{93}         Philip’s counsel clearly put PIPM on notice that Philip was contesting the creation of the CLTs and the Foundation.  That fact was true.  Legal grounds for Philip’s challenge existed.  Whether or not he would have prevailed on his claims at trial was the risk he and PIPM faced in April 1996 and on which they negotiated and compromised.  The legal grounds for Inge’s challenge were even clearer.  There was no misrepresentation.

{94}         For the foregoing reasons the Court finds that the settlement agreement between Philip, the Foundation and PIPM is valid and enforceable.

C. 
PIPM’s Breach Of Contract Claim Fails

{95}         The statute of limitations on PIPM’s breach of contract claim filed in 00-CvS-2178 has also run.  As indicated above, Philip had both breached his contract with PIPM in 1995 and repudiated any continuing obligations in March 1996.  The statute of limitations for breach of contract is three years.  N.C.G.S. § 1-52(1).  This action was not filed until February 2000, and the tolling agreement was not signed until April 14, 1999.  Thus, the claim for breach was filed outside of the limitations period. 

{96}         Finally, the Grant Letter specifically states that the parties agreed that “the Foundation’s undertaking to provide long-term funding to [PIPM] shall in no way result in any personal liability on the part of the Foundation’s trustees . . . .”  On this basis alone, Philip cannot be held personally liable for damages PIPM may have suffered.

V. 
PIPM’s Claims Against Ingeborg Staton Fail

{97}         In 99-CvS-2628 and 00-CvS-2178, PIPM asserts against Inge claims for fraud, negligent misrepresentation and interference with contract.  The Court grants summary judgment for Inge for all claims asserted therein.  PIPM’s claims against Inge should be considered in light of circumstances surrounding the creation of her CLTs.

{98}         Tom never discussed the creation of the CLTs or the Foundation with Inge.  He never discussed charitable gifts with her at all.  Nor did Tom have authority to make charitable gifts on her behalf; he did not have any direct authority from her, and he did not have indirect authority from Philip to make charitable gifts for her.  Vaughn v. Batchelder, 633 So.2d 526, 528 (1994) (Powers of attorney are strictly construed and will only grant those powers that are specified.); Fla. Stat. ch. 709.08 (1992).  Philip did not have authority to make charitable gifts for Inge and thus could not have transferred that authority to Tom.   See id.  Nor did Philip have authority under the 1992 Florida powers to sign a power of attorney for Inge.  See id.  Not only was Tom Brame acting outside the scope of any of the written powers of attorney, he was not acting in the best interests of his principal, even if he was her agent.  See Hutchins v. Dowell, 138 N.C. App. 673, 676 531 S.E.2d 900, 902 (2000) (“An attorney-in-fact is presumed to act in the best interests of the principal, and a gift of the principal’s property is potentially adverse to the principal’s interests. Such power will not be lightly inferred from broad grants of power contained in a general power of attorney.”)  The failure to make any inquiry into the benefits of the CLTs, alternatives for tax planning, or Inge’s desires with respect to charitable giving constituted a breach of his fiduciary duty to Inge.  See id.  The magnitude of the transactions involved required the exercise of skill, caution and consideration of the principal’s best interest.  All were lacking in this situation.  It is clear that the CLTs set up in Inge Staton’s name were unauthorized and in breach of her agents’ fiduciary duty.  Inge Staton had no donative intent, and no other person was authorized to make charitable gifts on her behalf.  Nor were there sufficient funds in the PIM account in her individual name to fund the irrevocable CLTs.  It would have required invasion of her revocable trust to fully fund the new CLTs.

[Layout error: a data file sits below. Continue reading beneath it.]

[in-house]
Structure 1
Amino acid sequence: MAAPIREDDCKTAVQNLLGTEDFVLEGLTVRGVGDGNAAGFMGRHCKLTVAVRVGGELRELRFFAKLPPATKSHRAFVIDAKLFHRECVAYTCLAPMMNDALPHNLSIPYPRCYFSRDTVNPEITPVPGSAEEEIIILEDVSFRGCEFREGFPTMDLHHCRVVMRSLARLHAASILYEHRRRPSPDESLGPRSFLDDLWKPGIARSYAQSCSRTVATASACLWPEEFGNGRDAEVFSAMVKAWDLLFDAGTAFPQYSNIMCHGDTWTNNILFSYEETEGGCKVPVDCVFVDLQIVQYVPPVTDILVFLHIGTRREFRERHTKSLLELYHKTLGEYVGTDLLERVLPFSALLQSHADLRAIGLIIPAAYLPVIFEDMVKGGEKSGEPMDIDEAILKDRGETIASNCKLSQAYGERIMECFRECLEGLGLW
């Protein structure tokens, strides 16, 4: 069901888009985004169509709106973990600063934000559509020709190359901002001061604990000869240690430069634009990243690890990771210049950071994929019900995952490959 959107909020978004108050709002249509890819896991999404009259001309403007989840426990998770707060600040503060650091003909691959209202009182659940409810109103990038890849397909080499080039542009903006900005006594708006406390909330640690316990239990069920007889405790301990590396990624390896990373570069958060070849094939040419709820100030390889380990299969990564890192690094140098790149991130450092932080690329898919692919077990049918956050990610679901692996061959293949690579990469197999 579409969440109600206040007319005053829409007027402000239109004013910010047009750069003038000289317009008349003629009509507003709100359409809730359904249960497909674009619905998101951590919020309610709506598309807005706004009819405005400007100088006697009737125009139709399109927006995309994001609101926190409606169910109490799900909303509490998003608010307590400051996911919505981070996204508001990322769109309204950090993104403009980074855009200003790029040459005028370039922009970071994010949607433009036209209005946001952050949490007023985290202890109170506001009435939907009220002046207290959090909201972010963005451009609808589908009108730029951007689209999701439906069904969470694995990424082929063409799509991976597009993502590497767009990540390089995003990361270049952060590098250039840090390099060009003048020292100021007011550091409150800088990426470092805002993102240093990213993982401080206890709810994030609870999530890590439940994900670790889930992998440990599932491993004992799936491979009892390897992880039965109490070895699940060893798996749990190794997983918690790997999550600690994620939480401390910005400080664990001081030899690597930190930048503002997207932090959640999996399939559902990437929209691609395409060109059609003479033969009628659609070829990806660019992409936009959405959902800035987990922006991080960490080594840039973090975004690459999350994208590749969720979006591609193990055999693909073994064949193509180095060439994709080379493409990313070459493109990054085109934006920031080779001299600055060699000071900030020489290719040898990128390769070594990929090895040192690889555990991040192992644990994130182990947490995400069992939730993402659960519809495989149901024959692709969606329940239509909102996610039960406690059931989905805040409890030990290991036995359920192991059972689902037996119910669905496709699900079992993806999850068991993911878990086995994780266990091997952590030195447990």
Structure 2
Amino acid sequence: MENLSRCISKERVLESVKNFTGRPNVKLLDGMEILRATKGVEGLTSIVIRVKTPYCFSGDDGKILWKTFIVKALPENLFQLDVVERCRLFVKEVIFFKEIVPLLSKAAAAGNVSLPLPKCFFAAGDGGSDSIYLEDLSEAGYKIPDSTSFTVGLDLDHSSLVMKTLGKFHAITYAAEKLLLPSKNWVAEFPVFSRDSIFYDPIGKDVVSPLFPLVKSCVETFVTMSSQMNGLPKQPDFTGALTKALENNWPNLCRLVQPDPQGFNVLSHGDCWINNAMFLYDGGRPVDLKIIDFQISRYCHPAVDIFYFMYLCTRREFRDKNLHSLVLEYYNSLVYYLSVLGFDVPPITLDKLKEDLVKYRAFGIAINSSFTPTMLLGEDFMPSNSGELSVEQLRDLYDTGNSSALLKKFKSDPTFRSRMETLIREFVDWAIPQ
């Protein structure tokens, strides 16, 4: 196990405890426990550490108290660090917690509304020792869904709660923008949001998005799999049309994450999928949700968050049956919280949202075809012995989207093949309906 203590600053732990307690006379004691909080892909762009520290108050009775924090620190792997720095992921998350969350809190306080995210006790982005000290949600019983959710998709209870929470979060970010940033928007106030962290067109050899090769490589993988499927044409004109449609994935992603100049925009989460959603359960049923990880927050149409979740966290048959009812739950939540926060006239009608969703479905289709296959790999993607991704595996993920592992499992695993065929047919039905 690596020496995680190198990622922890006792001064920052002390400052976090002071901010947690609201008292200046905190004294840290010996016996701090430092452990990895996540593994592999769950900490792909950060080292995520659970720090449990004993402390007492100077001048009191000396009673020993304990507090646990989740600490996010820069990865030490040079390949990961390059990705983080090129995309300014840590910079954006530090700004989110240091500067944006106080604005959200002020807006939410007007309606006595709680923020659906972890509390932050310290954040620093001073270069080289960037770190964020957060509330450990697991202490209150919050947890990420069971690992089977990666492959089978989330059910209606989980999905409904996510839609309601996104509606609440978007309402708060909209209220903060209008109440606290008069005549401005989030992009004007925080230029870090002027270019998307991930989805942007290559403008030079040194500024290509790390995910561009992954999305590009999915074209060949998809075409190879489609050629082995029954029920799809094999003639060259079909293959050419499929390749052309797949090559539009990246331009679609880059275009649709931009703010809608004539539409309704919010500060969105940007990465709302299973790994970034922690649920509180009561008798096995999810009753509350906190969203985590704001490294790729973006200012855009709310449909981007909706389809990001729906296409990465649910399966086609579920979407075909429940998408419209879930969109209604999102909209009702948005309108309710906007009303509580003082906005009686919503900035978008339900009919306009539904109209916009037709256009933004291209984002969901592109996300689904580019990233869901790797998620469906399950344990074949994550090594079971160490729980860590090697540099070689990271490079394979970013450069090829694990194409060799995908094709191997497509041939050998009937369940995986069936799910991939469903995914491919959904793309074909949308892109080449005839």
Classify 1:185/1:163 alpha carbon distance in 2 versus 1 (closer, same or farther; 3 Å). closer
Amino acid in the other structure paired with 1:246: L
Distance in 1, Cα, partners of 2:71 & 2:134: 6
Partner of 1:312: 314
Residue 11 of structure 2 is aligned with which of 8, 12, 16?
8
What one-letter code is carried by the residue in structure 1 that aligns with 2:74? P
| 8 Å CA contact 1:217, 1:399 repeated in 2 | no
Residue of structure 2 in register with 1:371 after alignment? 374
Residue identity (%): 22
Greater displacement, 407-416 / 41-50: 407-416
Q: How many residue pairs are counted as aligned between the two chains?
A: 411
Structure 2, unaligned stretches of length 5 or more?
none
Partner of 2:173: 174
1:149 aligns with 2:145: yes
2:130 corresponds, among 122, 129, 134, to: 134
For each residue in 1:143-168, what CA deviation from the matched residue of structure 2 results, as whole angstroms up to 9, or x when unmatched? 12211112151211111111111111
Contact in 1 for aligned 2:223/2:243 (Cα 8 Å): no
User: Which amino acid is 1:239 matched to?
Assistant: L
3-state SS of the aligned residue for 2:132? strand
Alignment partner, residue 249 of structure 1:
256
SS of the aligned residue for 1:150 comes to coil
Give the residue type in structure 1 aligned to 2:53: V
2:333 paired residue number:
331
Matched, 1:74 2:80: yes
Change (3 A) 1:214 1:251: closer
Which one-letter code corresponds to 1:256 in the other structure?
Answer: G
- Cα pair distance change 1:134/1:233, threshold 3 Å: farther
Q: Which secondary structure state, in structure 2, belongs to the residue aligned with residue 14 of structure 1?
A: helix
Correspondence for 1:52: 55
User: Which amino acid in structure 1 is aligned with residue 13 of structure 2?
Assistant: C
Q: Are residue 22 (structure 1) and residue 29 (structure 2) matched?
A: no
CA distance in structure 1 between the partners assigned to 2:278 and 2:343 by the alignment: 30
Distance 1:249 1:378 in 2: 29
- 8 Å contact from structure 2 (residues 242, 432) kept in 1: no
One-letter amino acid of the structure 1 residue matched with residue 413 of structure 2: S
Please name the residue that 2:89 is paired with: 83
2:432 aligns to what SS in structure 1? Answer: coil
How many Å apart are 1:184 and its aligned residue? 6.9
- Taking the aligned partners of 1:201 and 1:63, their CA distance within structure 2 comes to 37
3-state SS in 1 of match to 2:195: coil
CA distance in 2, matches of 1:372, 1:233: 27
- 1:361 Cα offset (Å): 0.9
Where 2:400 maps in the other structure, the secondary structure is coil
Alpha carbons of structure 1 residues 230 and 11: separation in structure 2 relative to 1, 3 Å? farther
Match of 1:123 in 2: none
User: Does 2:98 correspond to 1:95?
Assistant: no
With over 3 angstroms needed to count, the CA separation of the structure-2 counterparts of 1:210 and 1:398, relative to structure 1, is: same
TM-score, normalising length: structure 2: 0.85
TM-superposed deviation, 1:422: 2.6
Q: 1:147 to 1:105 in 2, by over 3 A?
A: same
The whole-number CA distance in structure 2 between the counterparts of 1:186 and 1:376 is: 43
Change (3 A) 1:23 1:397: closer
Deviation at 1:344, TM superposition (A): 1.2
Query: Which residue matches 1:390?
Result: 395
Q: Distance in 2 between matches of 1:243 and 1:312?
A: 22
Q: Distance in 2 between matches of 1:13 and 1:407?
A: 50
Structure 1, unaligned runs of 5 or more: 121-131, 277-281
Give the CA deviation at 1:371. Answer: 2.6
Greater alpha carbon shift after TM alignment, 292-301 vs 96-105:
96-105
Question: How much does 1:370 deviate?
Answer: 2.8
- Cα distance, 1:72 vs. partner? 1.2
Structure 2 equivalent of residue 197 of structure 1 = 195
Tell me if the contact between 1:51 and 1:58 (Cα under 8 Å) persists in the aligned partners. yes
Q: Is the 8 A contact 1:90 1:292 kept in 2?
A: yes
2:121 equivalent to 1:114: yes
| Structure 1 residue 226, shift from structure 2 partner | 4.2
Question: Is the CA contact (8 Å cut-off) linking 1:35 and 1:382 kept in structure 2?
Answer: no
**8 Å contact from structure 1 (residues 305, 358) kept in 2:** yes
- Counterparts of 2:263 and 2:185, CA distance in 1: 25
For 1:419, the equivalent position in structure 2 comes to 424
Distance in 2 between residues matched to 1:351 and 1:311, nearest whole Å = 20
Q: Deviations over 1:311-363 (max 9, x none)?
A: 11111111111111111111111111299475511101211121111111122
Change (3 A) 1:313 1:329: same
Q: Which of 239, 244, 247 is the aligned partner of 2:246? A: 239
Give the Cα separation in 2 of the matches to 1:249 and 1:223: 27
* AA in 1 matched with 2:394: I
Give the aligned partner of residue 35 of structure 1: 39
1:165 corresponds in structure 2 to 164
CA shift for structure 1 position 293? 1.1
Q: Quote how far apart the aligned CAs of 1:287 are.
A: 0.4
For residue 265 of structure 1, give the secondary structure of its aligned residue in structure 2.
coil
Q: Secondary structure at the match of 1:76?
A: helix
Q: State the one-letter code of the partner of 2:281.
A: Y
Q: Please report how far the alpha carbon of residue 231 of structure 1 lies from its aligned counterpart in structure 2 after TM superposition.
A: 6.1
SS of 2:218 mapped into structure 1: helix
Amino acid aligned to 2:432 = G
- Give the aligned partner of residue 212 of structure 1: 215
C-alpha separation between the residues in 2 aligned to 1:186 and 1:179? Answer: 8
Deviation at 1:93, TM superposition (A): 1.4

A. 
PIPM’s Fraud Claim Is Barred by the Statute Of Limitations

{99}         First the Court observes that as noted above the statute of limitations for fraud against Inge began to toll when PIPM was obligated to use due diligence to discover any fraud.  Notice was given in March 1996 that Inge would take steps to dismantle the funding of the Foundation.   At that time PIPM had a duty to use due diligence.  Again, as noted above, if PIPM had requested at that time a copy of the very documents at issue it could have discovered any allegedly fraudulent behavior by defendants.  PIPM did not ask for any documents as it entered into settlement negotiations.   PIPM did not assert claims against Inge until April 1999, over three years later.  Thus, the statute of limitations bars PIPM’s claim for fraud against Inge.

B. 
There Was No Misrepresentation Made By Inge Staton